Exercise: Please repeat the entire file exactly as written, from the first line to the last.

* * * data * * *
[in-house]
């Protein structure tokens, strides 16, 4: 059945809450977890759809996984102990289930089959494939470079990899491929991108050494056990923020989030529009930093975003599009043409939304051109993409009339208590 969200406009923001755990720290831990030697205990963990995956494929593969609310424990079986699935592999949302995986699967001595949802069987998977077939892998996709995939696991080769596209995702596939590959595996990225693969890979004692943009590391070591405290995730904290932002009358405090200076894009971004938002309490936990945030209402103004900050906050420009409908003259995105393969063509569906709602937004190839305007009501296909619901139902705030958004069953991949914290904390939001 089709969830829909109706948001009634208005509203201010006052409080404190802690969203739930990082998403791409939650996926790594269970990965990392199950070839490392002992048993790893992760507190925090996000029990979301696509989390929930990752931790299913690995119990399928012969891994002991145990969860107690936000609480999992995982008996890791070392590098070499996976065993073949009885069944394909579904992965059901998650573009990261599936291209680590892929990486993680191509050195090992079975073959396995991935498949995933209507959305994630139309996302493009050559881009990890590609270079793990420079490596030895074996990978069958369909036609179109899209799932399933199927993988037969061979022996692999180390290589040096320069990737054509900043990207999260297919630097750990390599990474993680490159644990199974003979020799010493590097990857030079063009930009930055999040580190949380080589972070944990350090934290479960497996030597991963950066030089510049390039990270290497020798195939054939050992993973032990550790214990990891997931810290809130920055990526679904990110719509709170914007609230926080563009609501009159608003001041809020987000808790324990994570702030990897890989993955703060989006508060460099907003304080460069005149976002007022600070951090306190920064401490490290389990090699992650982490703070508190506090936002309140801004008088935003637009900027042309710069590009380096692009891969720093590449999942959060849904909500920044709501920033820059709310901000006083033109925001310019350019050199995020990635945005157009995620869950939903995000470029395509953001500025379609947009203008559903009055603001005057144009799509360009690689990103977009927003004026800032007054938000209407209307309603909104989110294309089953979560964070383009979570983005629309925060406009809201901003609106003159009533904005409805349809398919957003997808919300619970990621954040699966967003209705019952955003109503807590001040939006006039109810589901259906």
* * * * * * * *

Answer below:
[in-house]
């Protein structure tokens, strides 16, 4: 059945809450977890759809996984102990289930089959494939470079990899491929991108050494056990923020989030529009930093975003599009043409939304051109993409009339208590 969200406009923001755990720290831990030697205990963990995956494929593969609310424990079986699935592999949302995986699967001595949802069987998977077939892998996709995939696991080769596209995702596939590959595996990225693969890979004692943009590391070591405290995730904290932002009358405090200076894009971004938002309490936990945030209402103004900050906050420009409908003259995105393969063509569906709602937004190839305007009501296909619901139902705030958004069953991949914290904390939001 089709969830829909109706948001009634208005509203201010006052409080404190802690969203739930990082998403791409939650996926790594269970990965990392199950070839490392002992048993790893992760507190925090996000029990979301696509989390929930990752931790299913690995119990399928012969891994002991145990969860107690936000609480999992995982008996890791070392590098070499996976065993073949009885069944394909579904992965059901998650573009990261599936291209680590892929990486993680191509050195090992079975073959396995991935498949995933209507959305994630139309996302493009050559881009990890590609270079793990420079490596030895074996990978069958369909036609179109899209799932399933199927993988037969061979022996692999180390290589040096320069990737054509900043990207999260297919630097750990390599990474993680490159644990199974003979020799010493590097990857030079063009930009930055999040580190949380080589972070944990350090934290479960497996030597991963950066030089510049390039990270290497020798195939054939050992993973032990550790214990990891997931810290809130920055990526679904990110719509709170914007609230926080563009609501009159608003001041809020987000808790324990994570702030990897890989993955703060989006508060460099907003304080460069005149976002007022600070951090306190920064401490490290389990090699992650982490703070508190506090936002309140801004008088935003637009900027042309710069590009380096692009891969720093590449999942959060849904909500920044709501920033820059709310901000006083033109925001310019350019050199995020990635945005157009995620869950939903995000470029395509953001500025379609947009203008559903009055603001005057144009799509360009690689990103977009927003004026800032007054938000209407209307309603909104989110294309089953979560964070383009979570983005629309925060406009809201901003609106003159009533904005409805349809398919957003997808919300619970990621954040699966967003209705019952955003109503807590001040939006006039109810589901259906």